Battlefield has never been about recreating something that was real. It's more about the fantasy and playing the fiction of the "what-if" scenario. Of course you want it to be slightly connected to real-world events, but we would never - in a Battlefield game - create something that is based on real events. We would never try to use a political reason or real reason why we would have a Battlefield played out in that region. That's not what Battlefield is all about.
Were you surprised to see how well Battlefield actually did the Middle East?
It's a surprise that it did great in the whole world, but even in the Middle East it's been very, very successful, especially compared to other Battlefield titles and other games that I know about, so it is surprising in one way, but it's also very natural because it's a great game and we know people around the world like to play these types of games. Especially when you have all the teamwork and all the variation you have in a Battlefield game. So if you look at the people of the different regions there is no doubt that Battlefield is popular even in the Middle East.
Obviously bandwidth is an issue as are restrictions on things like Steam, Xbox LIVE accounts and PlayStation Network accounts in the Middle East. Is it frustrating for a studio like DICE to try to get DLC out in the Middle East?
Well to us Battlefield in its core is a multiplayer game. It's a multiplayer online game and of course there are minimum requirements to be able to play this game. Of course we want people to have a good connection so that they have a flawless, perfect experience when they play online. So to us having a good internet connection and having a good infrastructure is the core of the gameplay experience, so yes, absolutely.
What is it about the DLC, not the Battlefield 3 DLC, that you are most proud of personally?
It's really hard to pinpoint different things, but I think we did some really great stuff with the DLC for Battlefield 1942, we did some great expansion packs for Battlefield 2, Battlefield: Bad Company 2 Vietnam was brilliant and I think Back to Karkand is also proving the point that Battlefield, even in the old days; back in the Battlefield 2 days, had some great maps and you can actually use that same experience again and refresh it with new technology and all the new features. So there's a lot of success stories when it comes to expansion packs in the Battlefield series and we're continuing down that path.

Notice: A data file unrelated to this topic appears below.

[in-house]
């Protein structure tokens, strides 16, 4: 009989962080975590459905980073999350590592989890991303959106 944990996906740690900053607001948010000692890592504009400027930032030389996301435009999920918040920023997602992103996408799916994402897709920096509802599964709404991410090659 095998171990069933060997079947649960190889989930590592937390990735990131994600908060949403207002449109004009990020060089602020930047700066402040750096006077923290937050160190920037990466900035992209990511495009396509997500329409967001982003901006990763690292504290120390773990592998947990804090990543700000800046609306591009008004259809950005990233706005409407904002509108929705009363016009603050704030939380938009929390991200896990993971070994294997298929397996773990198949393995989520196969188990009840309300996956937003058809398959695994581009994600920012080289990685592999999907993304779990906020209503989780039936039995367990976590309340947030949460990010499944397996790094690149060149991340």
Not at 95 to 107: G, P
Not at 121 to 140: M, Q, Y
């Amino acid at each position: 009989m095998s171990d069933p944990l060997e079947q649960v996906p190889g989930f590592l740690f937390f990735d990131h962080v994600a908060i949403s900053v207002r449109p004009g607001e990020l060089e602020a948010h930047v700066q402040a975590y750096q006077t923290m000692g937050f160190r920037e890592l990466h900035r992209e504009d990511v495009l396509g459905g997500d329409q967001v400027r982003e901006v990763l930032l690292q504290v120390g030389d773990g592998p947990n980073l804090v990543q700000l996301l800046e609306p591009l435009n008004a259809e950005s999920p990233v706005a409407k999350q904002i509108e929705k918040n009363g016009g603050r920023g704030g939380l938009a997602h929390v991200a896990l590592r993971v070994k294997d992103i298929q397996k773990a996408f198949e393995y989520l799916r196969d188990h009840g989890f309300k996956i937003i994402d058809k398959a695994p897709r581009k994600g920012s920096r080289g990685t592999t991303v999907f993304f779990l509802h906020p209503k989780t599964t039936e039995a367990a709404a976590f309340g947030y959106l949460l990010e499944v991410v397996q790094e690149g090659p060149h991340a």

We have to talk about Frostbite. We know that the next iteration, Frostbite 2 was used in Battlefield 3 and in other EA first person shooters. What do you think has made that engine so successful?
I think the key to the Frostbite 2 success is that it doesn't focus on one particular area. It actually focuses on many areas and also supports what Battlefield is all about. If you can build a Battlefield game you can build any game. It's not only about the rendering that's amazing, it's not really just about the animations of the people which is amazing, it's not only about the audio even though we win awards and it's amazing audio; and it's not only about all the other things which make it easy to work with, it's actually about all these things together. it's about moving everything one step further, going into the next generation on this generation of platforms. So to me, Frostbite's win is the width of the actual engine and how easy it is to use.
Check out our EA event video from a few weeks ago to find out more about this and other games this year.